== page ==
Configural procesing in familiar face recognition

Sandford, Adam January 2014 (has links)
Face recognition is widely held to rely on 'configural processing', recently defined as an analysis of metric distances between features. Given that face recognition concerns those faces of people who we know, it is suggested that our unique representations of familiar faces contain information about these metric distances. The experiments in this thesis examine the hypothesis that face recognition relies on 'configural processing' by comparing performance between familiar and unfamiliar faces in a range of tasks. Experiments in the first half of the thesis investigate the effects of geometric distortions on different face tasks. Experiments in the second half examine familiarity advantages in rescaling distorted facial images. The main findings are that face recognition might not rely on simple measures of metric distances between features, and that observers show a surprising degree of tolerance to configural changes applied to familiar faces. This suggests that an operationalisation of configural processing will need to consider other measures that do not survive the image deformations tested in this thesis. The findings are discussed in relation to existing research on familiar face recognition as distinct from unfamiliar face perception.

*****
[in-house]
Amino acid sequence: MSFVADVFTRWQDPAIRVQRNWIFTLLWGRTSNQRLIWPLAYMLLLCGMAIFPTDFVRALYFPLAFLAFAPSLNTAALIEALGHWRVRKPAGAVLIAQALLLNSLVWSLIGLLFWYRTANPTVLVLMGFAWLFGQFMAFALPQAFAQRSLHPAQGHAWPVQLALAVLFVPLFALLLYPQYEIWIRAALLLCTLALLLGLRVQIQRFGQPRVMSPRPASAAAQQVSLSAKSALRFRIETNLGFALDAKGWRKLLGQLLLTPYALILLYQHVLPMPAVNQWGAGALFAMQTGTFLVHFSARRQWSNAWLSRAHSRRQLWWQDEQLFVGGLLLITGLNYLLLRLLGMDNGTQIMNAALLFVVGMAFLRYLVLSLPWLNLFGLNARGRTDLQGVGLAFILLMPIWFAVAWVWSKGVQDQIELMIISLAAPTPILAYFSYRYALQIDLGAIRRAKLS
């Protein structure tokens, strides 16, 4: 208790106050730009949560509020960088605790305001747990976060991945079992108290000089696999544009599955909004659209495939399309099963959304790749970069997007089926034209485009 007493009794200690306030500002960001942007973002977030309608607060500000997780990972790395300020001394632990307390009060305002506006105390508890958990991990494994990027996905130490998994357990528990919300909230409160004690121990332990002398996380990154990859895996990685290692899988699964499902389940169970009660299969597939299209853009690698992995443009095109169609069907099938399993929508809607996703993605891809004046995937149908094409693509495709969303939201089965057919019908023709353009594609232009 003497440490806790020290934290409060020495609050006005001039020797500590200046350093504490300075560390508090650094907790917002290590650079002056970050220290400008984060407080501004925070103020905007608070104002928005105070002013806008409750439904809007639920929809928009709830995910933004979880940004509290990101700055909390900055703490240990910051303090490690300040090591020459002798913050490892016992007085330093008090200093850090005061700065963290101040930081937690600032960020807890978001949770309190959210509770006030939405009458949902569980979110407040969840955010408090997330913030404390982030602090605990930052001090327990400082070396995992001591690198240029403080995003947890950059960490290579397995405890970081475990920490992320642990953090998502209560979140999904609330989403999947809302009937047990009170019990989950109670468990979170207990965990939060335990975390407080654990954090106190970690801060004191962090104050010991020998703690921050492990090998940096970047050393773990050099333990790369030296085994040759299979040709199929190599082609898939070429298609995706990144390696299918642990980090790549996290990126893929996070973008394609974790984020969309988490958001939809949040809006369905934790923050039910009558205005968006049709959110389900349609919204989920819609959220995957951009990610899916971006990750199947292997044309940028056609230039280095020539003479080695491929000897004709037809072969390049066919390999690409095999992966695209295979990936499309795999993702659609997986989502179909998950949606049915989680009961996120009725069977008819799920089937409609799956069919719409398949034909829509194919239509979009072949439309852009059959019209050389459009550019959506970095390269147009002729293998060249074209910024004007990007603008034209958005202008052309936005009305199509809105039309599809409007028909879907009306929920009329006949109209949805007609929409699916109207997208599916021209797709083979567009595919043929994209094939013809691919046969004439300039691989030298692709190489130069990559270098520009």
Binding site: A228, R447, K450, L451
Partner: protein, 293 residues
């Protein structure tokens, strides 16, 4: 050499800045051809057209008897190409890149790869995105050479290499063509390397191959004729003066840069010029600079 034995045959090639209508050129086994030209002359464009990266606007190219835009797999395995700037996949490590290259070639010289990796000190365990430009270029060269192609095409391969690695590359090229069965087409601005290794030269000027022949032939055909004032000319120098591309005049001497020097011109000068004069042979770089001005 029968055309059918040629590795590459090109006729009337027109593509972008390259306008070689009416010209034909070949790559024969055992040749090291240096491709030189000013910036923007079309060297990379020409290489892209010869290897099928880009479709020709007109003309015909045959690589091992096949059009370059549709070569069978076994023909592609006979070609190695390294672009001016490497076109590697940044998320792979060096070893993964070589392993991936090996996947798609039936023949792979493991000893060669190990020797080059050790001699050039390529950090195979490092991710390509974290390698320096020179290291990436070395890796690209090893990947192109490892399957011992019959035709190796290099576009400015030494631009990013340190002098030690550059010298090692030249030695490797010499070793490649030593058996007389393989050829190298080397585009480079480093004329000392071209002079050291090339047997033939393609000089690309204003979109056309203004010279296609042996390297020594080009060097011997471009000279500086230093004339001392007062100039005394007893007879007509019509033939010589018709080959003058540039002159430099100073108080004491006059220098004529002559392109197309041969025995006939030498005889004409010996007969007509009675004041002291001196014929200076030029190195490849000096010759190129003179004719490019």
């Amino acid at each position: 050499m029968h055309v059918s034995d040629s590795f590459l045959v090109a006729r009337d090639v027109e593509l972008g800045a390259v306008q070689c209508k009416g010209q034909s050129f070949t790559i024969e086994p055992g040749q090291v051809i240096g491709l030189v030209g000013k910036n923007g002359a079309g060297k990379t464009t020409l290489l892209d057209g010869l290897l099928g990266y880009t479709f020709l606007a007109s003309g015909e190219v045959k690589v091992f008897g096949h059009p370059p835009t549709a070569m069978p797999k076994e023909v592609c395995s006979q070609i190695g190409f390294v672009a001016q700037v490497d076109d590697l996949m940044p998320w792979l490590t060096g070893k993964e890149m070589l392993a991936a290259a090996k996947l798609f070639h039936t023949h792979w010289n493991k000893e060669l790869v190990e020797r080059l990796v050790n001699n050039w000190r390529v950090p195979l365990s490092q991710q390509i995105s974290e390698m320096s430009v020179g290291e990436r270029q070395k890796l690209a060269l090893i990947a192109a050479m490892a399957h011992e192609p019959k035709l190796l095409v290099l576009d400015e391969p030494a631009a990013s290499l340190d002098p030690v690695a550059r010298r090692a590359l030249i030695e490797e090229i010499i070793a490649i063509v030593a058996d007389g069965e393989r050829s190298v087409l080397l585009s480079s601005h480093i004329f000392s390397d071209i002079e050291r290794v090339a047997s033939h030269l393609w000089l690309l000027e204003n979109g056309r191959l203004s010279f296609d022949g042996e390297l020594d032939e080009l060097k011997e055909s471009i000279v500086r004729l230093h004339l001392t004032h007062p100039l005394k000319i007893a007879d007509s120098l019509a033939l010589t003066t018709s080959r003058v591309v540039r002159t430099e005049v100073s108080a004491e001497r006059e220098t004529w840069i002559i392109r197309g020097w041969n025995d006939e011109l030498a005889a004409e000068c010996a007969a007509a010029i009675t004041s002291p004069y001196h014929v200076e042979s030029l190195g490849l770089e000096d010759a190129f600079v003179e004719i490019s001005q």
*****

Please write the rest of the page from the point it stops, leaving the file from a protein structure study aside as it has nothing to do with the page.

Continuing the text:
The soft tissue profile of the lower third of the face of the Cantonese adults

趙小惠, Chiu, Siu-wai, Connie. January 1989 (has links)
published_or_final_version / Dentistry / Master / Master of Dental Surgery

Three-dimensional cephalometry of Chinese faces

Chan, Yin-man, 陳彥民 January 2009 (has links)
published_or_final_version / Dental Surgery / Master / Master of Dental Surgery

Dynamic face models : construction and application

Li, Yongmin January 2001 (has links)
No description available.

Research, design and development of anaesthesia delivery apparatus and associated equipment

Magee, Ciaran D. January 1998 (has links)
No description available.

Myosin heavy chain expression in the human masseter muscle and vertical facial form

Nelson-Moon, Zararna Louise January 2001 (has links)
No description available.

Quarter scale cutting studies on the longwall shearer loader

Langman, A. B. January 1988 (has links)
No description available.